The opposition to “God’s call” is often that “it’s dangerous” or communicated with the question “is it safe?”   Before we moved to this neighborhood, people might communicate their hesitancy with our decision by saying something more passive like, “Well, I’m sure you’ve thought through all the issues because you wouldn’t be doing it if you hadn’t.”  Have we thought through every possible scenario?  Could we control the outcome better if it were possible to know every single challenge that may come our way?  The icy fingers of fear that rip into my insides through these critiques seem to imply that if it feels scary, if we haven’t got a plan for every single possible circumstance, it must not actually be God’s will.  If we feel scared, we shouldn’t be here.

 And just this week, I’ve started feeling scared.  Has anything new happened?  Nope.  It has been as quiet and peaceful, if not more so, than any place I’ve lived since childhood.  But word of gangs by a nice guy we met on a walk today, the hibernation of most of the neighbors who stay behind closed doors all the time, the fear of an old friend who lives in a different part of the neighborhood but couldn’t believe we were moving in…all these remind me that God hasn’t called us to a spa.  He has called us to a place so outside of our experience and understanding that we must look to Him, cling to Him and trust in Him.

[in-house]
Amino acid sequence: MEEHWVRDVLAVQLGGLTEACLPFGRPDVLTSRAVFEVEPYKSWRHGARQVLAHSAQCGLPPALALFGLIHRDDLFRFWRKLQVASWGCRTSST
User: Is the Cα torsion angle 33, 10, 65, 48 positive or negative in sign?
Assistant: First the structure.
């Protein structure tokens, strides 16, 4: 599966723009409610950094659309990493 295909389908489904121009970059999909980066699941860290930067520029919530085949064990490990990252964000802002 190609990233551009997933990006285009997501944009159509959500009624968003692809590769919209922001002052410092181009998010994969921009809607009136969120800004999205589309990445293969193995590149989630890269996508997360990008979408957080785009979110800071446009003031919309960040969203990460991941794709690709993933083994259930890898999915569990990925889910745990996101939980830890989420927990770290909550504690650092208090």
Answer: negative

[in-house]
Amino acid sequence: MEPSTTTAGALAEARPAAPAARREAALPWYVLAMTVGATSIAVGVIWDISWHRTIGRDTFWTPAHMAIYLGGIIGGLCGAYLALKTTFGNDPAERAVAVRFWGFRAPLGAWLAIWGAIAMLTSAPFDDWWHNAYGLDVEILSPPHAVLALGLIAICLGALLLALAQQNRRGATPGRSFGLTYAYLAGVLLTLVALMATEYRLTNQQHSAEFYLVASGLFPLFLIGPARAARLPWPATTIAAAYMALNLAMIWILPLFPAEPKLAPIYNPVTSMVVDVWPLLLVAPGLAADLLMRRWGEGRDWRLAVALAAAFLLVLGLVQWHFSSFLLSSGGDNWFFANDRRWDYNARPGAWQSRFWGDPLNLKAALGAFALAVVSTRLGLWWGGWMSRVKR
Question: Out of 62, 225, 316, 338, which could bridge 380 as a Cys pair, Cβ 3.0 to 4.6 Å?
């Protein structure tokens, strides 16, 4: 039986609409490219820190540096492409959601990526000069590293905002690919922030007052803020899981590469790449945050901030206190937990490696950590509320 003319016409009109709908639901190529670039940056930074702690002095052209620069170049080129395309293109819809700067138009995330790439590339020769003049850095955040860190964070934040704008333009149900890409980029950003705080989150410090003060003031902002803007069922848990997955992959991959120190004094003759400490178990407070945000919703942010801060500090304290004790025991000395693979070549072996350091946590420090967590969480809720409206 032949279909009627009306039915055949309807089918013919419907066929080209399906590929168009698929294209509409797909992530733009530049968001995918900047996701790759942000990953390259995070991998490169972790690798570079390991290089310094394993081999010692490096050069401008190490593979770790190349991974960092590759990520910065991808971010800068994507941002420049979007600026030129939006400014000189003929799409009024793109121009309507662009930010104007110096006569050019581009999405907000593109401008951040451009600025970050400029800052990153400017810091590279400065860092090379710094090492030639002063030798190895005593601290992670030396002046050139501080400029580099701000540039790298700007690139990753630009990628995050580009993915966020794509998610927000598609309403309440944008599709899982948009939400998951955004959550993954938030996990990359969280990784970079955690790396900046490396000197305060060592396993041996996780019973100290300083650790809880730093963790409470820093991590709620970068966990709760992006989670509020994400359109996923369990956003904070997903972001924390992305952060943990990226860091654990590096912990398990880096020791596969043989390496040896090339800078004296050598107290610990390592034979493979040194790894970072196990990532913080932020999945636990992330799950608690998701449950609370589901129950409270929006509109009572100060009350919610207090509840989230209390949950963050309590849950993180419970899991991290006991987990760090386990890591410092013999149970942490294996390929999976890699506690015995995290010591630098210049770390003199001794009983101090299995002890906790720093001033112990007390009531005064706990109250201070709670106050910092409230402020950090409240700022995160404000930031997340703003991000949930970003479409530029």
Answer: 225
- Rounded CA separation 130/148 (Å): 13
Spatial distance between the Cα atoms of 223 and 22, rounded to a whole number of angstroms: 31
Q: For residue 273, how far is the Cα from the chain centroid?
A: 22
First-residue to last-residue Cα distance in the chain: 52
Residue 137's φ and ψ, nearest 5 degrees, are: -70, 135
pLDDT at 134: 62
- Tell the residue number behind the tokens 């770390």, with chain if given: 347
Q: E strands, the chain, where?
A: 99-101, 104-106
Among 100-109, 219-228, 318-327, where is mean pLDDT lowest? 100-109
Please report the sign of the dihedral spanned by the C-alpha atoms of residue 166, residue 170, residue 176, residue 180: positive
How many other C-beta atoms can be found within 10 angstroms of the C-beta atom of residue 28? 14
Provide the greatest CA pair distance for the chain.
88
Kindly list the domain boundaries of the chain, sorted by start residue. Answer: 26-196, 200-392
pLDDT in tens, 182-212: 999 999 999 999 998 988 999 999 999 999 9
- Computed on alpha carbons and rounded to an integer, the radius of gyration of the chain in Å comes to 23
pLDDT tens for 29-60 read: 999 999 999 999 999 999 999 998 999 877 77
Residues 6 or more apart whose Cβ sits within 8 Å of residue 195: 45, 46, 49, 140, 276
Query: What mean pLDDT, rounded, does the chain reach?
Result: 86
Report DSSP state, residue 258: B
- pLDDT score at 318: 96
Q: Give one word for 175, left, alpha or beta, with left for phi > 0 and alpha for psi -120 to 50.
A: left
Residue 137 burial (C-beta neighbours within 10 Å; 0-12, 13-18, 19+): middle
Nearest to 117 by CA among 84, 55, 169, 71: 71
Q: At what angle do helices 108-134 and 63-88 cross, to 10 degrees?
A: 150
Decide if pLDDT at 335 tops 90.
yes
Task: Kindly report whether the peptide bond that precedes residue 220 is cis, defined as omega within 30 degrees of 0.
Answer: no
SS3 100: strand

God also said to Abraham, “As for Sarai your wife, you are no longer to call her Sarai; her name will be Sarah.  I will bless her and will surely give you a son by her. I will bless her so that she will be the mother of nations; kings of peoples will come from her.”  Gen. 17:15-16

In my vision at night I looked, and there before me was one like a son of man, coming with the clouds of heaven. He approached the Ancient of Days and was led into his presence.  He was given authority, glory and sovereign power; all nations and peoples of every language worshiped him. His dominion is an everlasting dominion that will not pass away, and his kingdom is one that will never be destroyed.  Dan. 7:13-14

Then Jesus came to them and said, “All authority in heaven and on earth has been given to me.  Therefore go and make disciples of all nations, baptizing them in the name of the Father and of the Son and of the Holy Spirit, and teaching them to obey everything I have commanded you. And surely I am with you always, to the very end of the age.”  Matt. 28:18-20